Yeah, they showed off some electric Bat-gauntlets that allow Batman to charge up dead generators, but they also have the most offensive capabilities we’ve seen from any specific gadget in any game. The electric gauntlets charge up as Batman builds his combos in combat, and when he activates them with a full charge, his punches are two or three times as strong due to the electric charge. Great for clearing a room quickly—or for evening the odds against some more difficult baddies, like thugs wielding electric batons. It’s not the most inventive gadget in the world, but it fits Batman pretty well and makes sense for the story—though a part of me wonders why they got rid of the electric gun from the last game. Ray
Josh Didn’t he invent or improvise that during the course of the story? I seem to recall that. Just your standard prequel problems. Can’t use tech from the original games, so you have to make brand-new stuff. I like that they double up your combo meter, so every hit counts as two, but they don’t really affect gameplay at all. Either you use them to flip a glorified switch, or you use them to do combat the same way as usual, only slightly more efficient. Still, I imagine they’ve got plenty more gadgets that they’re keeping under wraps—ones that’ll actually change things up a bit more. So, final piece of the puzzle: our hands-on time. Oddly enough, we didn’t get a taste of Batman, but Deathstroke, the pre-order bonus character for challenge maps. How’d you like it, both using Deathstroke as a character and the overall feel of the combat?
Yeah, the original Arkham games tried to make it feel like Batman would invent stuff on the fly. But it’d have made just as much sense for him to have invented it once before, so it would’ve been easy in Arkham City. Just sayin’! Moving on, Deathstroke felt good, but it took a while to get used to him. First, I had no idea what his special moves were. Second, this was the first time I actually got the chance to go deep into Arkham City‘s combat, so I took the first couple of minutes shaking the rust off—and in the new 1-vs-100 mode we got to try, any delay in your thinking will do you in quickly. Once I got back into it, the combat was just the same as it ever was, and it still feels great. I’ll give WB Montreal this: At least they knew they had a good thing going with Rocksteady’s system and didn’t feel the need to fix something that wasn’t broken. After a while, though, Deathstroke just felt gimmicky. It was like when the Joker was a PS3 bonus for Arkham Asylum. It just felt tacked on and unnecessary, quite honestly. Ray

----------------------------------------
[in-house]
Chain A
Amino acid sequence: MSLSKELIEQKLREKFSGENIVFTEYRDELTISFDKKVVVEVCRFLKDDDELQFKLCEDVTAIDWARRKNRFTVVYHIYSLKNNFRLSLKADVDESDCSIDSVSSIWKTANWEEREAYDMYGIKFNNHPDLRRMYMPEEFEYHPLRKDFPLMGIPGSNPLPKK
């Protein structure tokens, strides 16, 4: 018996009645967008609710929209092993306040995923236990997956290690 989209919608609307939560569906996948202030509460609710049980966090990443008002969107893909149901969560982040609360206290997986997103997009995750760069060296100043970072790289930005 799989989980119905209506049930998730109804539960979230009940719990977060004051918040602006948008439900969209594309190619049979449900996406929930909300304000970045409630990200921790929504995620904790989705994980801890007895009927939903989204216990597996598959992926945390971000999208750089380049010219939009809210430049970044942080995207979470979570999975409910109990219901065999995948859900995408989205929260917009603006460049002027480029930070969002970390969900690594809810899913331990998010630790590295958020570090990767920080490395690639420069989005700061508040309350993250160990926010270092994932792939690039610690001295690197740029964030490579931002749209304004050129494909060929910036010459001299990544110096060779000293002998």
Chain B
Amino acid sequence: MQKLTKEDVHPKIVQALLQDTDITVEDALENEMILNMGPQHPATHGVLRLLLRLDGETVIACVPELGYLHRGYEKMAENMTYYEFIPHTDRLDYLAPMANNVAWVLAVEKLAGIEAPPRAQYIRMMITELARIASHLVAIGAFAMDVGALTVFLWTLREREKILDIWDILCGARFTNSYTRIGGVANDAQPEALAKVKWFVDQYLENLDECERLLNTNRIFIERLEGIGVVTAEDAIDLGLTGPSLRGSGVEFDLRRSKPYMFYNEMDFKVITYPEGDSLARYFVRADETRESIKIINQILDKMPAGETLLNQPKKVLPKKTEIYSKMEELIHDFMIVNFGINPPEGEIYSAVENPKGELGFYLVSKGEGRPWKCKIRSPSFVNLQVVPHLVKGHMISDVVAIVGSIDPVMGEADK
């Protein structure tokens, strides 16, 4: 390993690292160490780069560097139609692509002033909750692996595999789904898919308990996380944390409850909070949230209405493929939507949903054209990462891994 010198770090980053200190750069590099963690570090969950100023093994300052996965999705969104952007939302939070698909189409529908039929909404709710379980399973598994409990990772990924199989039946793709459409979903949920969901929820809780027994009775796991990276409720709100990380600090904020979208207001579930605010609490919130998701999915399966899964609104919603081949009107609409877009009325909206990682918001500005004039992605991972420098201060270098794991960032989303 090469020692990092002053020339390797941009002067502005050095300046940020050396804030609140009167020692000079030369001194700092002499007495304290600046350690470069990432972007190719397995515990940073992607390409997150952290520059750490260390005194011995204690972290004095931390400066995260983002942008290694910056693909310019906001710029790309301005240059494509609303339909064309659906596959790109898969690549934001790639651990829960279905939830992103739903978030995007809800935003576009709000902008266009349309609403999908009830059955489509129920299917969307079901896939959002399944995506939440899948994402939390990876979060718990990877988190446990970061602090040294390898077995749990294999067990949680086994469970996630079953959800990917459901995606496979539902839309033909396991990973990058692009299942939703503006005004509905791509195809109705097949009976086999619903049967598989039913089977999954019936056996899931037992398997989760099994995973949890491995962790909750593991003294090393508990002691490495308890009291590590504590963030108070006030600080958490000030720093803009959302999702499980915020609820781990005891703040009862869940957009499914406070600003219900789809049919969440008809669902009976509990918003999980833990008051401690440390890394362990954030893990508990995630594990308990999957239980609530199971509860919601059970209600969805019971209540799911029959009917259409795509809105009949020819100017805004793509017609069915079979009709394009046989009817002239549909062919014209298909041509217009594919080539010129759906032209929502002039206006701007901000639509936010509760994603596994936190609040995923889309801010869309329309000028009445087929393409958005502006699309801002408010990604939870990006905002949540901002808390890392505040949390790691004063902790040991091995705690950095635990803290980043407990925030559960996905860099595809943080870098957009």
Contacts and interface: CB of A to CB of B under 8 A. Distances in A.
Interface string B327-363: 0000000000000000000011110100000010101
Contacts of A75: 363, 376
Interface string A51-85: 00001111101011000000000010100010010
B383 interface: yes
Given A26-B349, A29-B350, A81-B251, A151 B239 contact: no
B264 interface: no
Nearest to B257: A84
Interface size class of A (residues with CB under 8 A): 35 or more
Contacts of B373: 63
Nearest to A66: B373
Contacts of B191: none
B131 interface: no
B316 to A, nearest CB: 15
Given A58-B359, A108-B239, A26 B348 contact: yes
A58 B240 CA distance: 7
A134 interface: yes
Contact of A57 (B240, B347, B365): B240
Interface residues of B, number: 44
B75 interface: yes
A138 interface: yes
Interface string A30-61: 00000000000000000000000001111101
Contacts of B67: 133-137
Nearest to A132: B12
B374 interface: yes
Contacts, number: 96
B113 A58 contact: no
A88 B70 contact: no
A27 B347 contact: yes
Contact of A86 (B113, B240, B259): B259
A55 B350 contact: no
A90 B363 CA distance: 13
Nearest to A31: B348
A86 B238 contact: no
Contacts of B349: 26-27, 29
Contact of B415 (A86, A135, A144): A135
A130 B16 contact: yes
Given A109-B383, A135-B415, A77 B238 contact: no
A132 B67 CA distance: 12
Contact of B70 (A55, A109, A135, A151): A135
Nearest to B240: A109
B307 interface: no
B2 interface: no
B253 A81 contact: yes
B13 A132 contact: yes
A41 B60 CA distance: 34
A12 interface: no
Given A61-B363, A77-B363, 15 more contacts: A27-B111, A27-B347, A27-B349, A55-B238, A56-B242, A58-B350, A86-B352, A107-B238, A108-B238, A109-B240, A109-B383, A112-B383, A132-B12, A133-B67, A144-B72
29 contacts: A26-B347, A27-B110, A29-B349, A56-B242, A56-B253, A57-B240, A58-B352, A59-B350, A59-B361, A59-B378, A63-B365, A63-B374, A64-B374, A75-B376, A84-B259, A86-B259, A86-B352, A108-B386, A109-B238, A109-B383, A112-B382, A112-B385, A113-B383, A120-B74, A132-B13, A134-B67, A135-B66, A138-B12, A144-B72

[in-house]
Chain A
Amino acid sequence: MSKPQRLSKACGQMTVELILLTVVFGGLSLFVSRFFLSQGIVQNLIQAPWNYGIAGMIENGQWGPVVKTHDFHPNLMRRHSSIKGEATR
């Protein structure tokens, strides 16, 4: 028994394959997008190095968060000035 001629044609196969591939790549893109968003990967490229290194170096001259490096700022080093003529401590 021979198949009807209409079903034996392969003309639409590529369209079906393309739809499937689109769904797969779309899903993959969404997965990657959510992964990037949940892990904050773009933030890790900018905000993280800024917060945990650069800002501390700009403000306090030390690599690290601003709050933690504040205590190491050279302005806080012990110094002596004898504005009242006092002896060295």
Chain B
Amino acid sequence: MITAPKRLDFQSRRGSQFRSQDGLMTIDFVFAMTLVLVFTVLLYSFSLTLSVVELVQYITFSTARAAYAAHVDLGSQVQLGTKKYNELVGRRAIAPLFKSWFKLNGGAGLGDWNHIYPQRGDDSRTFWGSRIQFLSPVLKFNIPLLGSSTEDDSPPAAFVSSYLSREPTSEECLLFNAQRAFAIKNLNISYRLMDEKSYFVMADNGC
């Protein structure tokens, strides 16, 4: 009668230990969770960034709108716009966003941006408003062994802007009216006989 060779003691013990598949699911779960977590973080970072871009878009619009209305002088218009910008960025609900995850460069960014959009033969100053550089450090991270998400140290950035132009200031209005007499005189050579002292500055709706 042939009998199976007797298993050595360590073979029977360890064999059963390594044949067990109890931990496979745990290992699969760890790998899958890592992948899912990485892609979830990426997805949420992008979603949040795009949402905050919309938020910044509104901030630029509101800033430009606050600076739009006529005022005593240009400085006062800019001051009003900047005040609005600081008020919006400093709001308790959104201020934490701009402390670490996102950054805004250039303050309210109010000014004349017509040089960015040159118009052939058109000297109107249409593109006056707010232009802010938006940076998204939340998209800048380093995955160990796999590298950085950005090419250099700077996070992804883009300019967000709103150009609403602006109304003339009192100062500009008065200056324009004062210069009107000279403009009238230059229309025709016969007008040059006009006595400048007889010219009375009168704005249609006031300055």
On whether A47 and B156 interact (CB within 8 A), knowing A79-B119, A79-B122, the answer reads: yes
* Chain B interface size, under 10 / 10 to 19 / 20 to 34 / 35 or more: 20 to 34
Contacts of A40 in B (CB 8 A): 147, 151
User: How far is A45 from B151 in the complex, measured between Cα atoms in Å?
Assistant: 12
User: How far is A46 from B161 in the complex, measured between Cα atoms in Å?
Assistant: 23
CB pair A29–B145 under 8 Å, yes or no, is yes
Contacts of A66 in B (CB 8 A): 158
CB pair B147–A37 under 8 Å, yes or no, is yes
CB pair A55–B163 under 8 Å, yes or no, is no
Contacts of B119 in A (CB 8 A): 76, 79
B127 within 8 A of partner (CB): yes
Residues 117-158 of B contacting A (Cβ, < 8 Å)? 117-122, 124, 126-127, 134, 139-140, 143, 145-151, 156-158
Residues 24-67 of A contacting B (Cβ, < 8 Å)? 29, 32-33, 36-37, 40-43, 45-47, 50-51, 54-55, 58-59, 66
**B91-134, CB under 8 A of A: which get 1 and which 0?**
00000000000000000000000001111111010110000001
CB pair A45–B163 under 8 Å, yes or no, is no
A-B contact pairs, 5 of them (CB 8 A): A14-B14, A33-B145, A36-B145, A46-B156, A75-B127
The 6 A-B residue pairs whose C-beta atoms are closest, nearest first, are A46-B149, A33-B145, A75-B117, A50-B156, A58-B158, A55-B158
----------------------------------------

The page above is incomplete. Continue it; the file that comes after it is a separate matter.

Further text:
Josh Our gripes aside, I’m still fairly confident that Arkham Origins will be a great game. WB Montreal is obviously building off a strong foundation, and they seem to get the design principles that made the Rocksteady games so much fun. We should probably make it clear that whatever skepticism you or I may have is almost entirely due to the fact that Arkham City is an incredibly hard act to follow. Even if Origins can’t top the greatest superhero game of all time, that doesn’t mean it can’t be a fantastic experience in its own right.